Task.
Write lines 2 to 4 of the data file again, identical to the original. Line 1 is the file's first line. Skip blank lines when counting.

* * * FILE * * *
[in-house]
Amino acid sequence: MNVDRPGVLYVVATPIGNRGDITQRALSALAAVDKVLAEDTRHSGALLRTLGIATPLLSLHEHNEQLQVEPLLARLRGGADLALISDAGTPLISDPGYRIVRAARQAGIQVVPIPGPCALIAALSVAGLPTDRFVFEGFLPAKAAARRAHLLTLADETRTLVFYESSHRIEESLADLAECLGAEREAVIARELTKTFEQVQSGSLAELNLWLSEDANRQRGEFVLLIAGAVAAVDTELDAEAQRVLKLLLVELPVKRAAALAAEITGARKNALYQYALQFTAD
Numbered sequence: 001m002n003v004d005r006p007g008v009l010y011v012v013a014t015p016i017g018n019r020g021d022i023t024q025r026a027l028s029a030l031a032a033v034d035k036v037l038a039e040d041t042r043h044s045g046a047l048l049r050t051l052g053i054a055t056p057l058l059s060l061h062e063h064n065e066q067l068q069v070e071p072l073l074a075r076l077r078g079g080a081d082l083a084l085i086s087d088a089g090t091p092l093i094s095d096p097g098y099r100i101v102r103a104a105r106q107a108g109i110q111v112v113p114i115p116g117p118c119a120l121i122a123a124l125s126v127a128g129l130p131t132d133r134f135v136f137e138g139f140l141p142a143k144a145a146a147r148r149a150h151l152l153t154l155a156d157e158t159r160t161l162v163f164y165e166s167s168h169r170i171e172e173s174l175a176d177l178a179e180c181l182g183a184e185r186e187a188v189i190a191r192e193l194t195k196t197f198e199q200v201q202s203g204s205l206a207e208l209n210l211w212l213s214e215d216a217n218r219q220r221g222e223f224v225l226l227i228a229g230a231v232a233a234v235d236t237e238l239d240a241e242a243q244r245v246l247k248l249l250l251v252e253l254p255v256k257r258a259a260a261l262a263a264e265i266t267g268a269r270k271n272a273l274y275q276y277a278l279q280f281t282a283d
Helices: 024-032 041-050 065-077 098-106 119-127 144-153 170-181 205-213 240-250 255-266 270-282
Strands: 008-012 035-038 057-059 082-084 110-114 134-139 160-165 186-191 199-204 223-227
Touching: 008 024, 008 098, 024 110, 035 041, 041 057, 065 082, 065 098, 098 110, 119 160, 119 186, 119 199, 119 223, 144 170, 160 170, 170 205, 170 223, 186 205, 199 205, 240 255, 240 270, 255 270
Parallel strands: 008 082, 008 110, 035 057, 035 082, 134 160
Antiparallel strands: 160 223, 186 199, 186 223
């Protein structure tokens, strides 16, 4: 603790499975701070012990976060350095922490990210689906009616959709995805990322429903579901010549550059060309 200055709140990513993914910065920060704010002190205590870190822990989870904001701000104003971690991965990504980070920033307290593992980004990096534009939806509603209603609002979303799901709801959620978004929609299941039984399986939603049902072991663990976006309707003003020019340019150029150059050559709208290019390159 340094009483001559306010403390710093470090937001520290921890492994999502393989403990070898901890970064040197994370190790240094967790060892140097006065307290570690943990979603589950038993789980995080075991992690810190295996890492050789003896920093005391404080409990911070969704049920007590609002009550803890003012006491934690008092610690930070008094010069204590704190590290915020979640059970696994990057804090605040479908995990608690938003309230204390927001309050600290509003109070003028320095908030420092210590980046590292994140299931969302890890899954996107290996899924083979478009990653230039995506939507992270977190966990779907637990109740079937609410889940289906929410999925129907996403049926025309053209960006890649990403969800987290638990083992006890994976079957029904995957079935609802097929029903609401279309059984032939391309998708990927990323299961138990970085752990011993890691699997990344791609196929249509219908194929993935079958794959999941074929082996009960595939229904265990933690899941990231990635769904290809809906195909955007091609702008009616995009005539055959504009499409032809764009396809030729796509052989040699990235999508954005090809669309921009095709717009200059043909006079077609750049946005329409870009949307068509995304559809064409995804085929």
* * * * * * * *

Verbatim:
Amino acid sequence: MNVDRPGVLYVVATPIGNRGDITQRALSALAAVDKVLAEDTRHSGALLRTLGIATPLLSLHEHNEQLQVEPLLARLRGGADLALISDAGTPLISDPGYRIVRAARQAGIQVVPIPGPCALIAALSVAGLPTDRFVFEGFLPAKAAARRAHLLTLADETRTLVFYESSHRIEESLADLAECLGAEREAVIARELTKTFEQVQSGSLAELNLWLSEDANRQRGEFVLLIAGAVAAVDTELDAEAQRVLKLLLVELPVKRAAALAAEITGARKNALYQYALQFTAD
Numbered sequence: 001m002n003v004d005r006p007g008v009l010y011v012v013a014t015p016i017g018n019r020g021d022i023t024q025r026a027l028s029a030l031a032a033v034d035k036v037l038a039e040d041t042r043h044s045g046a047l048l049r050t051l052g053i054a055t056p057l058l059s060l061h062e063h064n065e066q067l068q069v070e071p072l073l074a075r076l077r078g079g080a081d082l083a084l085i086s087d088a089g090t091p092l093i094s095d096p097g098y099r100i101v102r103a104a105r106q107a108g109i110q111v112v113p114i115p116g117p118c119a120l121i122a123a124l125s126v127a128g129l130p131t132d133r134f135v136f137e138g139f140l141p142a143k144a145a146a147r148r149a150h151l152l153t154l155a156d157e158t159r160t161l162v163f164y165e166s167s168h169r170i171e172e173s174l175a176d177l178a179e180c181l182g183a184e185r186e187a188v189i190a191r192e193l194t195k196t197f198e199q200v201q202s203g204s205l206a207e208l209n210l211w212l213s214e215d216a217n218r219q220r221g222e223f224v225l226l227i228a229g230a231v232a233a234v235d236t237e238l239d240a241e242a243q244r245v246l247k248l249l250l251v252e253l254p255v256k257r258a259a260a261l262a263a264e265i266t267g268a269r270k271n272a273l274y275q276y277a278l279q280f281t282a283d
Helices: 024-032 041-050 065-077 098-106 119-127 144-153 170-181 205-213 240-250 255-266 270-282